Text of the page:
American Chemical Society
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An Automated Platform for Analysis of Phosphoproteomic Datasets:  Application to Kidney Collecting Duct Phosphoproteins

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journal contribution
posted on 2020-04-02, 15:32 authored by Jason D. Hoffert, Guanghui Wang, Trairak Pisitkun, Rong-Fong Shen, Mark A. Knepper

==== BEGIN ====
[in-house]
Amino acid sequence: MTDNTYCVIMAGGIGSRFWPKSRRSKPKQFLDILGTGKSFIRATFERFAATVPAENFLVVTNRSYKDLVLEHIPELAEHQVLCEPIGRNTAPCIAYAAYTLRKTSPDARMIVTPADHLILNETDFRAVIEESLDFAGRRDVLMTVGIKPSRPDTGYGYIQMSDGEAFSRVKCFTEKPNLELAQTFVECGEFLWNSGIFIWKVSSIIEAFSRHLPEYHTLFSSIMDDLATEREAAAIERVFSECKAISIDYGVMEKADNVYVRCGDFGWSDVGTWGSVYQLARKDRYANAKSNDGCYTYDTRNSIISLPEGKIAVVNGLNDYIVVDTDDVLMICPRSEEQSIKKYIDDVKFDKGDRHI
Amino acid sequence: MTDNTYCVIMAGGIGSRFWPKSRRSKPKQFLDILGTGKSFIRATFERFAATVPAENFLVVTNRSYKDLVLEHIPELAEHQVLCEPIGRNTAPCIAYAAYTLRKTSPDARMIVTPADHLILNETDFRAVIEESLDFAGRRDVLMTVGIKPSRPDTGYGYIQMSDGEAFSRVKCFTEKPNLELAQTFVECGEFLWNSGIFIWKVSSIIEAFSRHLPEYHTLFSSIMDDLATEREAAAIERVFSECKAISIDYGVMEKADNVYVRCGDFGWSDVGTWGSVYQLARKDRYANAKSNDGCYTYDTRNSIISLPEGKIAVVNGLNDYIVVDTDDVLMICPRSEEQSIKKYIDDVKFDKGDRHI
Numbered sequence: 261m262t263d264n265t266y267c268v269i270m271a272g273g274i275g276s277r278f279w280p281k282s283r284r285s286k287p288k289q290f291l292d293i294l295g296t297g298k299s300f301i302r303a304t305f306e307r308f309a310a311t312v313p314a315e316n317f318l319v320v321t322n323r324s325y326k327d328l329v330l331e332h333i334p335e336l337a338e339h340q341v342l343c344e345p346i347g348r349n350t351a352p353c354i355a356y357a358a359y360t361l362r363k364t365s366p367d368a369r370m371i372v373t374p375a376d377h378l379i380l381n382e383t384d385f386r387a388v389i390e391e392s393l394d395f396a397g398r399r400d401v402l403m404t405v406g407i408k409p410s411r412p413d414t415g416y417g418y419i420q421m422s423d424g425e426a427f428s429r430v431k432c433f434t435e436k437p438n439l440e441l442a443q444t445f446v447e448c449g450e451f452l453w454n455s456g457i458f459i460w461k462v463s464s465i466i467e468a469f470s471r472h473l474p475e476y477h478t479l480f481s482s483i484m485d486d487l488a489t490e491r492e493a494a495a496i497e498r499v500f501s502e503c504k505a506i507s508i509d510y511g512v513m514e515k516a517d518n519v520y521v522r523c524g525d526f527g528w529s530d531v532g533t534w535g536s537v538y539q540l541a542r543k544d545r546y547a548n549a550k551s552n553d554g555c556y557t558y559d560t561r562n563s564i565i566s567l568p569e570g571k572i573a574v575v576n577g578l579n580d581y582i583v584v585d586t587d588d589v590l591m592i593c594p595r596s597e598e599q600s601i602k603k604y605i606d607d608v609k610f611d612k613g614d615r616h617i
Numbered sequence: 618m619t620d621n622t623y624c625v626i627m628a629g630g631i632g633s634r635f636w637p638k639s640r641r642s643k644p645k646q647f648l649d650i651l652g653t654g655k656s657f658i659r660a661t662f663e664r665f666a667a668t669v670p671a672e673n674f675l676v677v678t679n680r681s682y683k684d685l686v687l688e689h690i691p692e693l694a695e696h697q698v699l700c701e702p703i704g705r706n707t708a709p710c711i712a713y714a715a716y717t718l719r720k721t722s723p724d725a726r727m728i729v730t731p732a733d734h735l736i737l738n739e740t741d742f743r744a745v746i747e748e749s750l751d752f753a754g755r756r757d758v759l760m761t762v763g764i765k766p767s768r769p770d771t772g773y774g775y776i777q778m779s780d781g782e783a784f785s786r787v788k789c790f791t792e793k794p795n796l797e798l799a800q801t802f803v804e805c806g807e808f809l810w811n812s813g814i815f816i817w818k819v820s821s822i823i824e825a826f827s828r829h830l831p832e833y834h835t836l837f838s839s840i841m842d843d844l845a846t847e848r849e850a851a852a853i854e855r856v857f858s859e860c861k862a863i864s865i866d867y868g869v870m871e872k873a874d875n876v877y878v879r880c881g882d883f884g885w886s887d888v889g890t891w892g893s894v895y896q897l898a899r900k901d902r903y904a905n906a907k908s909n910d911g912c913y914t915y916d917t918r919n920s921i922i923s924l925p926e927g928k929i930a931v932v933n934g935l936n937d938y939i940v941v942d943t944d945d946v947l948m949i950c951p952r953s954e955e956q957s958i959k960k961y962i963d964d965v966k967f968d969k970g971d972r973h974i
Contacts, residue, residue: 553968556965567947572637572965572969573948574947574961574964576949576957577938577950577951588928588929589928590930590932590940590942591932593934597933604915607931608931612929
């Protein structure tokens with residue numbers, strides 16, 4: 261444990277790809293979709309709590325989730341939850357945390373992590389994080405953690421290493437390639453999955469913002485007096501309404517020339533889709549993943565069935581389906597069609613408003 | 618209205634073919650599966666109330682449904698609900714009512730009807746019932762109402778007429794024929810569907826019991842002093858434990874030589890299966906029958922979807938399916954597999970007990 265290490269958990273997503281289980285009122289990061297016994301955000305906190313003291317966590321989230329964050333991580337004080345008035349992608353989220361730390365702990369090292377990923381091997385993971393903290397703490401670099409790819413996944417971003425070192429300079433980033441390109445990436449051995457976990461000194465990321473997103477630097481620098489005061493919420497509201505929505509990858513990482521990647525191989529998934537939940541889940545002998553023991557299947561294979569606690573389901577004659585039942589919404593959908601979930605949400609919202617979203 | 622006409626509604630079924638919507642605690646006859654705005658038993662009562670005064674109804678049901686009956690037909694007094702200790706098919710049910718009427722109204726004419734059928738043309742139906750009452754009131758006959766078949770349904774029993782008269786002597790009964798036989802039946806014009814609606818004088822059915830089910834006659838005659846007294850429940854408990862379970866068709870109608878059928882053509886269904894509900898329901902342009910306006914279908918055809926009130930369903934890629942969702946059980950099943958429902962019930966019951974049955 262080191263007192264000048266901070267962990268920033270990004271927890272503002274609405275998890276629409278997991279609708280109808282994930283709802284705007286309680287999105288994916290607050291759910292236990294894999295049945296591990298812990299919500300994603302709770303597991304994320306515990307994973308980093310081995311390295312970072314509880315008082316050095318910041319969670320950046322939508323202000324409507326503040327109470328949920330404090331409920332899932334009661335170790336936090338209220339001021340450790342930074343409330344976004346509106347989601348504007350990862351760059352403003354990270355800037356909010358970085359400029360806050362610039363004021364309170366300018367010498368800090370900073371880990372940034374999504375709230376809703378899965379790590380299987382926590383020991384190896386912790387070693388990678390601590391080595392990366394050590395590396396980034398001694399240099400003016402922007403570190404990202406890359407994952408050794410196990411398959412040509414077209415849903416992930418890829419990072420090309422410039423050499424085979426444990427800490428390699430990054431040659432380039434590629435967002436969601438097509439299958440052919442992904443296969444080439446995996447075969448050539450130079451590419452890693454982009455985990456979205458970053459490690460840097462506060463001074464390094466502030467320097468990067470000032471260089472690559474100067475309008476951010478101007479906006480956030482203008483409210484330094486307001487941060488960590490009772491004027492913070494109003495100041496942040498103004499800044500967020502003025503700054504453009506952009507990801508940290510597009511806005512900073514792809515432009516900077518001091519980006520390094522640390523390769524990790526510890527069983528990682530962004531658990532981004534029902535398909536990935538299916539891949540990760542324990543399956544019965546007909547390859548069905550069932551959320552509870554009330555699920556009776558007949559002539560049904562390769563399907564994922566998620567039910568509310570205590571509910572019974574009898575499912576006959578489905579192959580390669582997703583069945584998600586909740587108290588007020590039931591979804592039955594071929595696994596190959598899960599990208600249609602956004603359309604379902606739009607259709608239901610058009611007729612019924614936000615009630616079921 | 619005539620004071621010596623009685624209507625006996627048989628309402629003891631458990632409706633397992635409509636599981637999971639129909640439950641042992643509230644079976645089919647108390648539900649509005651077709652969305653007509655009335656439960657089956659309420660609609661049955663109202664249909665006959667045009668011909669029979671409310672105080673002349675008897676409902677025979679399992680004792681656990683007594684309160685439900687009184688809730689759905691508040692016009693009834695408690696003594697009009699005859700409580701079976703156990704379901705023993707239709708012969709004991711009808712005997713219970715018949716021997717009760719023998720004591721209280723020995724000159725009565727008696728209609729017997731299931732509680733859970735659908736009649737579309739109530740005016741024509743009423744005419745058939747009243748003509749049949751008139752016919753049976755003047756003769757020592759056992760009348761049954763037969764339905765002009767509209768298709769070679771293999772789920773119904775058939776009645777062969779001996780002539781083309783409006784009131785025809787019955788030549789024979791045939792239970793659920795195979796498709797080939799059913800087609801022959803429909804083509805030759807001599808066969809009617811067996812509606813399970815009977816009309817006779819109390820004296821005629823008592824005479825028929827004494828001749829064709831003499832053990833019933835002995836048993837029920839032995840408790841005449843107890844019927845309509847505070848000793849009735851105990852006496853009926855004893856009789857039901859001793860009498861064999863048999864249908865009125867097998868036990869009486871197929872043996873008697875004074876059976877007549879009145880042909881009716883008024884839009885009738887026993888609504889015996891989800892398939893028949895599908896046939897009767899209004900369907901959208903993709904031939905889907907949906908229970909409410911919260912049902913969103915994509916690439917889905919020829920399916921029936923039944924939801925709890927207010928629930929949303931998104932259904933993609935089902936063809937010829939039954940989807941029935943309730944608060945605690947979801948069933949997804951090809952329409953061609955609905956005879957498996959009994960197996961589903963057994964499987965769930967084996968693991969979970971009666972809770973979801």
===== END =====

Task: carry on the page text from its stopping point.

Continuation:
Large-scale phosphoproteomic analysis employing liquid chromatography-tandem mass spectrometry (LC−MS/MS) often requires a significant amount of manual manipulation of phosphopeptide datasets in the post-acquisition phase. To assist in this process, we have created software, PhosphoPIC (PhosphoPeptide Identification and Compilation), which can perform a variety of useful functions including automated selection and compilation of phosphopeptide identifications from multiple MS levels, estimation of dataset false discovery rate, and application of appropriate cross-correlation (XCorr) filters. In addition, the output files generated by this program are compatible with downstream phosphorylation site assignment using the Ascore algorithm, as well as phosphopeptide quantification via QUOIL. In this report, we utilized this software to analyze phosphoproteins from short-term vasopressin-treated rat kidney inner medullary collecting duct (IMCD). A total of 925 phosphopeptides representing 173 unique proteins were identified from membrane-enriched fractions of IMCD with a false discovery rate of 1.5%. Of these proteins, 106 were found only in the membrane-enriched fraction of IMCD cells and not in whole IMCD cell lysates. These identifications included a number of well-studied ion and solute transporters including ClC-1, LAT4, MCT2, NBC3, and NHE1, all of which contained novel phosphorylation sites. Using a label-free quantification approach, we identified phosphoproteins that changed in abundance with vasopressin exposure including aquaporin-2 (AQP2), Hnrpa3, IP3 receptor 3, and pur-beta. Keywords: phosphoproteomics • neutral loss • target-decoy • LC−MS/MS • collecting duct • IMCD • mass spectrometry • label-free • PhosphoPIC • proteomics